Hannah Lapp has given up on ever restoring her relationship with her family and her fiance Paul Waddell. She has fled her secluded Old Order Amish community and hopes to find a new home with the aunt she never knew about. Aunt Zabeth was shunned many years ago and now lives in Ohio. It is encouraging to see so many caring people willing to help Hannah make a new start in life whilst struggling to navigate the confusing world of the Englischers and managing despite her limited education. It is nice to also keep up with those she has left behind, like best friend Mary, brother Luke, dear Matthew, and troubled sister Sarah. They all have plenty of strife of their own to deal with and the story is a complex, but well written one that I would recommend reading after 'When the Heart Cries.'
I originally purchased the book, When the Morning Comes, never realizing that it was part of a series. So by the time I jumped into the story, it was already into the second setting. However, despite that, I was still able to follow along and understand what was needed to continue in this second story.
The book, When the Morning Comes, jumps in where Hannah has left her Amish order to escape from bad memories, which includes the birth of child from rape. She goes to live with her aunt, who was shunned many years ago. Here, she develops a new personna, one outside the Amish lifestyle. Her aunt welcomes her with welcome arms, introducing her to the family who has cared for her over the years. Over time, she falls in love with the son of the family that her aunt used to care for. Meanwhile, back home, her sister is doing some bizarre things and her former love is determined to find her.
When the Morning Comes book was so well written that I could not wait to locate the third book in the series.
What I liked most about this book is that you were able to pick up in the second book and be able to step into the character's life. Needless to say, I'm still going to have to go to the first book to read it.
The first book in this series, When the Heart Cries (you can read my review here), was pretty depressing, I thought. The worst thing for me was that Hannah's father did not believe that she had been raped, which just broke my heart. After enduring all that happens in the first book, I really wanted to see Hannah catch a break in the second book.
And she does. A lot of them. I enjoyed seeing Hannah work hard to get where she wanted to go. However, all of the opportunities that Hannah received seemed a bit unbelievable for someone with only an 8th grade education and no knowledge of the modern world. I truly do believe that God can and does have a hand in these types of things in our lives, but everything falling perfectly into place was a little much. Hannah did try her best not to take handouts, though, which I appreciated.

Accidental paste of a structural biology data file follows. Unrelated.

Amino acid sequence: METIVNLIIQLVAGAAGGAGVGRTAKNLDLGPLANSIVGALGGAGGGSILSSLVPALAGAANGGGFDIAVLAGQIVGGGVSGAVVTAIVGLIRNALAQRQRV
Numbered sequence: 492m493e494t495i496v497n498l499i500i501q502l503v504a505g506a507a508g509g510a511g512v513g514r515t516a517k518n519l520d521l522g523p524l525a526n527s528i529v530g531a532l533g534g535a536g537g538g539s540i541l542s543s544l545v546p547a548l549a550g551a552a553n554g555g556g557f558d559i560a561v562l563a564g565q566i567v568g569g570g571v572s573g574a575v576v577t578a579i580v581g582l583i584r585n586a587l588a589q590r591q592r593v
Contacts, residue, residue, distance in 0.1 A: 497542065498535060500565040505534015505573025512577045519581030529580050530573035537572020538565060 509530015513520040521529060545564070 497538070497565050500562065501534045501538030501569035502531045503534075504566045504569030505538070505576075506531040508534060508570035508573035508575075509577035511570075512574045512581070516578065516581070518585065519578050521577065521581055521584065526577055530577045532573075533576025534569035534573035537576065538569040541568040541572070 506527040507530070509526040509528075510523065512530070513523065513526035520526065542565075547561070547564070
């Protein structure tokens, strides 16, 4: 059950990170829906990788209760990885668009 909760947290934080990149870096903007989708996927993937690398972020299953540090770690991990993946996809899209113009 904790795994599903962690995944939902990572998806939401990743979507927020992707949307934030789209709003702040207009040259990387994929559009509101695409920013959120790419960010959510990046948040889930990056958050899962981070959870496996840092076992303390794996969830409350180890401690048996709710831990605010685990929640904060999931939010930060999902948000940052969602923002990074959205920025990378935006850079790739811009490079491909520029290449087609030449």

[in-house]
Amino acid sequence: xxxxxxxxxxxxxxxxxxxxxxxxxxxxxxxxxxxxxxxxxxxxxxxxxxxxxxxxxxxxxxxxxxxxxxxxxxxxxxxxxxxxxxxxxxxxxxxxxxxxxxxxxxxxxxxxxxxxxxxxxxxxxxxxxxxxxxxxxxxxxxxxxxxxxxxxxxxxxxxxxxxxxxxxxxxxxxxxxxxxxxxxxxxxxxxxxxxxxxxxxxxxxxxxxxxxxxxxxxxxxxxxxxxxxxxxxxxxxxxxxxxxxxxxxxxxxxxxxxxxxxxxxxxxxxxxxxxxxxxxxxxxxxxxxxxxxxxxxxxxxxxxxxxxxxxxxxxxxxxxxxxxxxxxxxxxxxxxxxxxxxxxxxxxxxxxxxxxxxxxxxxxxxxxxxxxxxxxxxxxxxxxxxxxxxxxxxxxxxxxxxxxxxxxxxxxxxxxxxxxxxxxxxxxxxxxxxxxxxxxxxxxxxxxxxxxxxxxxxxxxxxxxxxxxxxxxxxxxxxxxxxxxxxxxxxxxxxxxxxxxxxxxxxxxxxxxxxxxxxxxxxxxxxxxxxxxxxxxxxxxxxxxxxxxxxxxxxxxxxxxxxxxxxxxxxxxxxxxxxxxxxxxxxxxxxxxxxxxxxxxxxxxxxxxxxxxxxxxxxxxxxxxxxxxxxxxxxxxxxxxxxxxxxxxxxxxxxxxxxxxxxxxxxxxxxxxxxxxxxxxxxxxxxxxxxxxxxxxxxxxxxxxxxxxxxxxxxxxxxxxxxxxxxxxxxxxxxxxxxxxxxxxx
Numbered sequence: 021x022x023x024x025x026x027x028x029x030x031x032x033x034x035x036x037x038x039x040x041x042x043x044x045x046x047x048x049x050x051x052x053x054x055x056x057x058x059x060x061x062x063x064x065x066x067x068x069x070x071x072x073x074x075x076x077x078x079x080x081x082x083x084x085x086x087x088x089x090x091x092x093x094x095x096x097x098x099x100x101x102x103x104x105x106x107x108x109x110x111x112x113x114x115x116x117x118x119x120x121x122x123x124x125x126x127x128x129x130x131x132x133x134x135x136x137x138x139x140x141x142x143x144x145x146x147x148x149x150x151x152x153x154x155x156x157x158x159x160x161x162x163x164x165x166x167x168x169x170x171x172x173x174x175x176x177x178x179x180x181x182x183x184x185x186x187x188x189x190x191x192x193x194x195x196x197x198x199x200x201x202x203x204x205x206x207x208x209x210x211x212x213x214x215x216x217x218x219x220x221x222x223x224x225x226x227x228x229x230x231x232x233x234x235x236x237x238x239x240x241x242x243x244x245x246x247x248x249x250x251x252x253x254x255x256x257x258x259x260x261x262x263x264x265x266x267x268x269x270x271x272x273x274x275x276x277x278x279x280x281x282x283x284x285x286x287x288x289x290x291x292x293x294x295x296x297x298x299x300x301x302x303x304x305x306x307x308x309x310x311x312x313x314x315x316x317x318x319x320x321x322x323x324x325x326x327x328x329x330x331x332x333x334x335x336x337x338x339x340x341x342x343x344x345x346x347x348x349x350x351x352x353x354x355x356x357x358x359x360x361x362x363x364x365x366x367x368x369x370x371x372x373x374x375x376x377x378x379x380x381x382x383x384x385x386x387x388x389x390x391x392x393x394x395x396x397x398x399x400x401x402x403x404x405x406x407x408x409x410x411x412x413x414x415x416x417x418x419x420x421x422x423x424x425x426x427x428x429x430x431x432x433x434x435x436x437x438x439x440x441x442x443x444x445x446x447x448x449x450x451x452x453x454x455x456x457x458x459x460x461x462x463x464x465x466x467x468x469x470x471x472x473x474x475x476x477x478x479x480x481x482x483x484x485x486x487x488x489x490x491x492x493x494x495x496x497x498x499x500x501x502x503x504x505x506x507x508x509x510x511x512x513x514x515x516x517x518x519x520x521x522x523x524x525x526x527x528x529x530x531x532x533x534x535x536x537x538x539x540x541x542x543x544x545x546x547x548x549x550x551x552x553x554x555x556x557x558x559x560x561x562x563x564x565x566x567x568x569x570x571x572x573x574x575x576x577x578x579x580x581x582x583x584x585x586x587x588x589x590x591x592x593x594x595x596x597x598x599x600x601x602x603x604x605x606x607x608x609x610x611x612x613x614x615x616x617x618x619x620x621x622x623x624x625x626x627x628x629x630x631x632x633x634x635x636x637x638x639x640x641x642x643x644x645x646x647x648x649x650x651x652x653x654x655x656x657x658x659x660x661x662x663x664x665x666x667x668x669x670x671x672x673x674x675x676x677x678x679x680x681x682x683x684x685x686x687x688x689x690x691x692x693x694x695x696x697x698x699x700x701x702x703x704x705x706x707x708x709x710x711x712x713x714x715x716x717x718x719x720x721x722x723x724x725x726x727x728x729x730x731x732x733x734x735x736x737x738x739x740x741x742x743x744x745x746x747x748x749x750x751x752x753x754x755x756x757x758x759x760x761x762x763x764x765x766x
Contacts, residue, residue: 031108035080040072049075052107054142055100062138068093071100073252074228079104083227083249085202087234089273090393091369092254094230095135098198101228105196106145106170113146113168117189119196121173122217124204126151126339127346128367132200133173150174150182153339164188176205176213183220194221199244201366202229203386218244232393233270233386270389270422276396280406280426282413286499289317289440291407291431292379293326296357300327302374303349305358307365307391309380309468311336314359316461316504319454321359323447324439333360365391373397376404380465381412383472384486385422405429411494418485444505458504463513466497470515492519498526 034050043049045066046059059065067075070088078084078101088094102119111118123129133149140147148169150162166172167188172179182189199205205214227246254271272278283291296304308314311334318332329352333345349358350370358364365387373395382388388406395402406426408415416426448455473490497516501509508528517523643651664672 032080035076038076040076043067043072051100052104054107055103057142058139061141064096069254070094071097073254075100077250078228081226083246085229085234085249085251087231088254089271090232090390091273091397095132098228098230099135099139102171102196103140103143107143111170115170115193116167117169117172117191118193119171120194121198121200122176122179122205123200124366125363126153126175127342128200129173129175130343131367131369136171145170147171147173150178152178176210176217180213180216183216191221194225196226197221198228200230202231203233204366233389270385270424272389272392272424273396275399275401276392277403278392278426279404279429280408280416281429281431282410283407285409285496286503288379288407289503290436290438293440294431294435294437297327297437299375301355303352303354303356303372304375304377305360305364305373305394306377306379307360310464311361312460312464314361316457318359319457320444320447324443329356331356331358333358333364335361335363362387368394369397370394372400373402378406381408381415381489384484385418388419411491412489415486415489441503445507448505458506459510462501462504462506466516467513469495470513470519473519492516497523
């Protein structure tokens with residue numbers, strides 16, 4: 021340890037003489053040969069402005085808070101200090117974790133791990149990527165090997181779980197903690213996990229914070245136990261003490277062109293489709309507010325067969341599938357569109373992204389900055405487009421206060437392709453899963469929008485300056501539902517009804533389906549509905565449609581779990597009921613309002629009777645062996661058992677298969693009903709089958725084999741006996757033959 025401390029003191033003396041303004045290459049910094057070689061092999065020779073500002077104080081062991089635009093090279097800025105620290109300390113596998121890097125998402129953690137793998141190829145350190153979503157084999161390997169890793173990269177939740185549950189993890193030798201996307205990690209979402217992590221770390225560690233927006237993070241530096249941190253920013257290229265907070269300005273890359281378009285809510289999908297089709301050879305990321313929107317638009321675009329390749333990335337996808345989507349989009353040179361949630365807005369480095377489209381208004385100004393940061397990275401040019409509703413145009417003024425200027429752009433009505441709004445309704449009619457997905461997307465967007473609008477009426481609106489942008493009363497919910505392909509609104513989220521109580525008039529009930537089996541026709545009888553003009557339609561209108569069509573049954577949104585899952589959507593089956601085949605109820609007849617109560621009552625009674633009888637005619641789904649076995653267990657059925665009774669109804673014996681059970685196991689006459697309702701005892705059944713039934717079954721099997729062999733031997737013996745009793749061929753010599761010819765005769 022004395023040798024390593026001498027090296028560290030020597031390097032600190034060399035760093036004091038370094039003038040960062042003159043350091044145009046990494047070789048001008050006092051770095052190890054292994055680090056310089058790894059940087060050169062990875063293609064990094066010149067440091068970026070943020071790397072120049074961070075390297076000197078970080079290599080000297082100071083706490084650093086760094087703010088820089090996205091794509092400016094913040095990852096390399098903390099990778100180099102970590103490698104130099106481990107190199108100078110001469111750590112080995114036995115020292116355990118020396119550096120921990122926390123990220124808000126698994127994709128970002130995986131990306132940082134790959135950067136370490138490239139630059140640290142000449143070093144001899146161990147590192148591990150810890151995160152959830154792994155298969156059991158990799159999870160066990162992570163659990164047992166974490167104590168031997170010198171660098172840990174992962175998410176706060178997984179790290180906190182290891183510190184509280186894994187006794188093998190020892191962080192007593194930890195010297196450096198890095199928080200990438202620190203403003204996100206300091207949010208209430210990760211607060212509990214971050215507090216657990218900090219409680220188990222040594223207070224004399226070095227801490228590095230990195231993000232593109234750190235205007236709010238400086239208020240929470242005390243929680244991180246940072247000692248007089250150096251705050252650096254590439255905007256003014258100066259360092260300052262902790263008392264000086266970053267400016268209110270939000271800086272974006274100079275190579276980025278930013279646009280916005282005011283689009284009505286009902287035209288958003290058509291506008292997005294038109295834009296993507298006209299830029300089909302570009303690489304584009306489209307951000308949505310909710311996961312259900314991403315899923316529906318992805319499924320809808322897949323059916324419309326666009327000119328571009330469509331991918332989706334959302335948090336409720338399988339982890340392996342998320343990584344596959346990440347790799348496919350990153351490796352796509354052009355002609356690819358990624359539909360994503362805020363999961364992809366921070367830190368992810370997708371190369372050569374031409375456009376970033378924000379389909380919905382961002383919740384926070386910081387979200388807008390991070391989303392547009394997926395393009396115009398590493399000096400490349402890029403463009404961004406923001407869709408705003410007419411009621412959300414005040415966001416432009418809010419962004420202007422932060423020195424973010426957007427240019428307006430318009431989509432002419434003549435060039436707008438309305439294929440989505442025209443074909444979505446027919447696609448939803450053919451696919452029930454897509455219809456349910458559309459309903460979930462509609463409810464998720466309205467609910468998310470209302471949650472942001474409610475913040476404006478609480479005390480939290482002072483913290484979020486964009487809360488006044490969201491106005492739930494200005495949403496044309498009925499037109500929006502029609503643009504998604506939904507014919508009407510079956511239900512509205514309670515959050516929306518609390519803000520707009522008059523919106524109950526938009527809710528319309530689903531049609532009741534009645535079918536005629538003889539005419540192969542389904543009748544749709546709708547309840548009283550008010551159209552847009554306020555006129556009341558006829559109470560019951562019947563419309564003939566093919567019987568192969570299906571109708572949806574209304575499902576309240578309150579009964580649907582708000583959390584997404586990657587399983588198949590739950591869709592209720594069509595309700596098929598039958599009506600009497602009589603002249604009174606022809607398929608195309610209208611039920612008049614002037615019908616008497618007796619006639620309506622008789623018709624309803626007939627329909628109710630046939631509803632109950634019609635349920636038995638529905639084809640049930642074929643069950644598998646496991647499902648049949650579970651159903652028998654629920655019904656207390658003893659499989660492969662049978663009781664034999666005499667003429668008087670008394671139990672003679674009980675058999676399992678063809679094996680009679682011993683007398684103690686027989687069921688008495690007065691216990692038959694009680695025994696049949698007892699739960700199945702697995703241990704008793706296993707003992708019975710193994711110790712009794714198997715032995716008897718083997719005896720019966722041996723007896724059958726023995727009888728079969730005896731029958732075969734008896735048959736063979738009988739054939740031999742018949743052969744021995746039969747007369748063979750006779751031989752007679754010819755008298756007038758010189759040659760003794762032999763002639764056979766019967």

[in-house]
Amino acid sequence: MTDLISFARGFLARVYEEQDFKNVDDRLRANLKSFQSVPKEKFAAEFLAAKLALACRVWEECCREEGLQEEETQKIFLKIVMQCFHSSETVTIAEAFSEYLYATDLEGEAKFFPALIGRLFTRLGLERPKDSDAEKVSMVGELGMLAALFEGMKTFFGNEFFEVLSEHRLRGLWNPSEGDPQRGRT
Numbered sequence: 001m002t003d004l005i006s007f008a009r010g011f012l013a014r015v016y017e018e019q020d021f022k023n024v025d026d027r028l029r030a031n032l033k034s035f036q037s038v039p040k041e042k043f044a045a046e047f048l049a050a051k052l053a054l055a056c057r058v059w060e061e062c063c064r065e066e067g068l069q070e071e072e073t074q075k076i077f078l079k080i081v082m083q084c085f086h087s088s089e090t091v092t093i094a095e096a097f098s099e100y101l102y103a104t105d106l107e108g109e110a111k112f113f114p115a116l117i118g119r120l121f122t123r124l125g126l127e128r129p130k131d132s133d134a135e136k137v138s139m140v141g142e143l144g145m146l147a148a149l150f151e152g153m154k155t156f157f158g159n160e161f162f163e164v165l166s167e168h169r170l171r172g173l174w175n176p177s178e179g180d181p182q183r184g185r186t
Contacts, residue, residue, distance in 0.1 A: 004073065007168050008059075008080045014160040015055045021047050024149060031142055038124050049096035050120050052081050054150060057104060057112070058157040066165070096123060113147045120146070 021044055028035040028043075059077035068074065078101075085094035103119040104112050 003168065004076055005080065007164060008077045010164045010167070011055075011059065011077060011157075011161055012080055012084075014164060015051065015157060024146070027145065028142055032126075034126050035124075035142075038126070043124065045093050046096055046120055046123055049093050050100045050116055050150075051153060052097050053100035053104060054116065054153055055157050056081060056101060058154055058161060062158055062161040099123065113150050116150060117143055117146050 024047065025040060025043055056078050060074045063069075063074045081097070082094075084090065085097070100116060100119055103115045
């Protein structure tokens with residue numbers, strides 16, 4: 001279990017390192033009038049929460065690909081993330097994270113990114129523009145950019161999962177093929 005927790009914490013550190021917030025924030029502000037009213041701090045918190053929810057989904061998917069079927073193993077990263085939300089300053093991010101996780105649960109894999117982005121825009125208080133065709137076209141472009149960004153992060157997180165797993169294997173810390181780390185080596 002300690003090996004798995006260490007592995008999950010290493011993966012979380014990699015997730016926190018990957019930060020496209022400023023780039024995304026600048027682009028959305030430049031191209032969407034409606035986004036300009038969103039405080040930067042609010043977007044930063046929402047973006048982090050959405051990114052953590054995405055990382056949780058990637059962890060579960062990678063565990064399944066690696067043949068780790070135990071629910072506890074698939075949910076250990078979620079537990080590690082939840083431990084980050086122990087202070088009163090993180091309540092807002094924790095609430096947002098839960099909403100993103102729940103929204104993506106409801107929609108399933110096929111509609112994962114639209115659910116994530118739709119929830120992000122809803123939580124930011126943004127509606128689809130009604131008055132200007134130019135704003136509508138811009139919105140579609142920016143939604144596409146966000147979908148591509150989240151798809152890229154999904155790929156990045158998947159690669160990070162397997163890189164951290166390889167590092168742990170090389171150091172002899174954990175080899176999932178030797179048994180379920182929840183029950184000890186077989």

I did enjoy the parts of the book with Zabeth and with Hannah adjusting to the modern world. Although she did seem to adjust rather quickly to some things, there were also things that she just couldn't get used to no matter what, which helped with the authenticity.
As for Paul, I felt so bad for him throughout the book. I liked that he was trying to get on with his life, but he still missed Hannah, and he regrets what he did to her. His treatment of the people in Owl's Perch (Sarah, Matthew, Luke) was so compassionate that he is by far my favorite character in the series. Martin, I think, leaves a lot to be desired.
There are several subplots in this book that are continued from the first one, but they seem to go into even more detail about these minor characters - Sarah, Matthew, Elle, Luke, Mary - so much so that I think it takes away from the main story a little.
I enjoyed venturing out into the â€˜real world' with Hannah during When the Morning Comes, and I look forward to the conclusion in When the Soul Mends.
The second book of the "Sisters of the Quilt" series takes readers out of the Amish community. Hannah has fled and must learn how to live among the Englisch. Thankfully, she finds herself among people who care about her and want to help her succeed. They are patient, most of the time, and sympathetic to her unique needs.
Hannah's situation gives readers an interesting perspective about the Amish. Away from her familiar community, Hannah must overcome challenges such as proving her identity, gaining an education, and learning to use technology.
The story isn't entirely about Hannah's experiences among the Englisch, though. author Cindy Woodsmall keeps readers up-to-date about developments in Hannah's home community: what's happening with her sister, her brother and sister-in-law, her ex-fiance', her best friend, and her parents. The story goes back and forth between two worlds. To learn if they are separated forever, readers must move on to the third book.